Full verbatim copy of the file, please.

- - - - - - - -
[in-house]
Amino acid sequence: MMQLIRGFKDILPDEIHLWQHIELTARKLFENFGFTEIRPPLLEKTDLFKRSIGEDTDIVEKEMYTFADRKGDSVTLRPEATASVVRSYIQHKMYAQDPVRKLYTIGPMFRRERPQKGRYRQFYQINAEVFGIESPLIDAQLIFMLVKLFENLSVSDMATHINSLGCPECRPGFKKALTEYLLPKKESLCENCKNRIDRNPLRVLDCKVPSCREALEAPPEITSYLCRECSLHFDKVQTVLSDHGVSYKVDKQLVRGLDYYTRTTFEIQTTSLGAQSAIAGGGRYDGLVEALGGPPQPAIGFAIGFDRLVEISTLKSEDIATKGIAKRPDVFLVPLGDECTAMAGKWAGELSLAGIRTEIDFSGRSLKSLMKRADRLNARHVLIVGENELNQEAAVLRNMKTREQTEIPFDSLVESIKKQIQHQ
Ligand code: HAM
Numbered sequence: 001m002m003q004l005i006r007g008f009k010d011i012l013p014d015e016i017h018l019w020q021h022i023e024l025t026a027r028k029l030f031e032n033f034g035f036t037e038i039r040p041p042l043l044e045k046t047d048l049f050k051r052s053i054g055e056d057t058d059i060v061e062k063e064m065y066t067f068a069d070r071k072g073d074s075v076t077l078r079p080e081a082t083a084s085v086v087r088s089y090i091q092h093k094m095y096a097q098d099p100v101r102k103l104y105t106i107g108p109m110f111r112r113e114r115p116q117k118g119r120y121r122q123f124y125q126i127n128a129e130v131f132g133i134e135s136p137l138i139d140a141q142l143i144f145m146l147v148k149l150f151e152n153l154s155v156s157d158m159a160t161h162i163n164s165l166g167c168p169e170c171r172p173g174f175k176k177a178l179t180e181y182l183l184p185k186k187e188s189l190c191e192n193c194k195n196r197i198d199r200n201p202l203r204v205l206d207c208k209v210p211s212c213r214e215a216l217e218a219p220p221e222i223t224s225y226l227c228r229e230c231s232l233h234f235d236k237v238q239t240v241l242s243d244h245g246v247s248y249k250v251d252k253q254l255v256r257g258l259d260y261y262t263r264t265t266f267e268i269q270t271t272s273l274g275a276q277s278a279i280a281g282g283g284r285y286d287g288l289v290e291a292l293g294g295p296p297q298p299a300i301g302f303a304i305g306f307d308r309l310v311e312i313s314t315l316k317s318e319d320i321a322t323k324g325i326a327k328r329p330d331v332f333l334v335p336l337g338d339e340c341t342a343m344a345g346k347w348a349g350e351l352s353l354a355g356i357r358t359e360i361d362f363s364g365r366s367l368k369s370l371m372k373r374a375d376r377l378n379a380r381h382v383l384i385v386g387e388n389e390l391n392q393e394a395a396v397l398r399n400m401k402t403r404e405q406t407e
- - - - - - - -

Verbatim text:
[in-house]
Amino acid sequence: MMQLIRGFKDILPDEIHLWQHIELTARKLFENFGFTEIRPPLLEKTDLFKRSIGEDTDIVEKEMYTFADRKGDSVTLRPEATASVVRSYIQHKMYAQDPVRKLYTIGPMFRRERPQKGRYRQFYQINAEVFGIESPLIDAQLIFMLVKLFENLSVSDMATHINSLGCPECRPGFKKALTEYLLPKKESLCENCKNRIDRNPLRVLDCKVPSCREALEAPPEITSYLCRECSLHFDKVQTVLSDHGVSYKVDKQLVRGLDYYTRTTFEIQTTSLGAQSAIAGGGRYDGLVEALGGPPQPAIGFAIGFDRLVEISTLKSEDIATKGIAKRPDVFLVPLGDECTAMAGKWAGELSLAGIRTEIDFSGRSLKSLMKRADRLNARHVLIVGENELNQEAAVLRNMKTREQTEIPFDSLVESIKKQIQHQ
Ligand code: HAM
Numbered sequence: 001m002m003q004l005i006r007g008f009k010d011i012l013p014d015e016i017h018l019w020q021h022i023e024l025t026a027r028k029l030f031e032n033f034g035f036t037e038i039r040p041p042l043l044e045k046t047d048l049f050k051r052s053i054g055e056d057t058d059i060v061e062k063e064m065y066t067f068a069d070r071k072g073d074s075v076t077l078r079p080e081a082t083a084s085v086v087r088s089y090i091q092h093k094m095y096a097q098d099p100v101r102k103l104y105t106i107g108p109m110f111r112r113e114r115p116q117k118g119r120y121r122q123f124y125q126i127n128a129e130v131f132g133i134e135s136p137l138i139d140a141q142l143i144f145m146l147v148k149l150f151e152n153l154s155v156s157d158m159a160t161h162i163n164s165l166g167c168p169e170c171r172p173g174f175k176k177a178l179t180e181y182l183l184p185k186k187e188s189l190c191e192n193c194k195n196r197i198d199r200n201p202l203r204v205l206d207c208k209v210p211s212c213r214e215a216l217e218a219p220p221e222i223t224s225y226l227c228r229e230c231s232l233h234f235d236k237v238q239t240v241l242s243d244h245g246v247s248y249k250v251d252k253q254l255v256r257g258l259d260y261y262t263r264t265t266f267e268i269q270t271t272s273l274g275a276q277s278a279i280a281g282g283g284r285y286d287g288l289v290e291a292l293g294g295p296p297q298p299a300i301g302f303a304i305g306f307d308r309l310v311e312i313s314t315l316k317s318e319d320i321a322t323k324g325i326a327k328r329p330d331v332f333l334v335p336l337g338d339e340c341t342a343m344a345g346k347w348a349g350e351l352s353l354a355g356i357r358t359e360i361d362f363s364g365r366s367l368k369s370l371m372k373r374a375d376r377l378n379a380r381h382v383l384i385v386g387e388n389e390l391n392q393e394a395a396v397l398r399n400m401k402t403r404e405q406t407e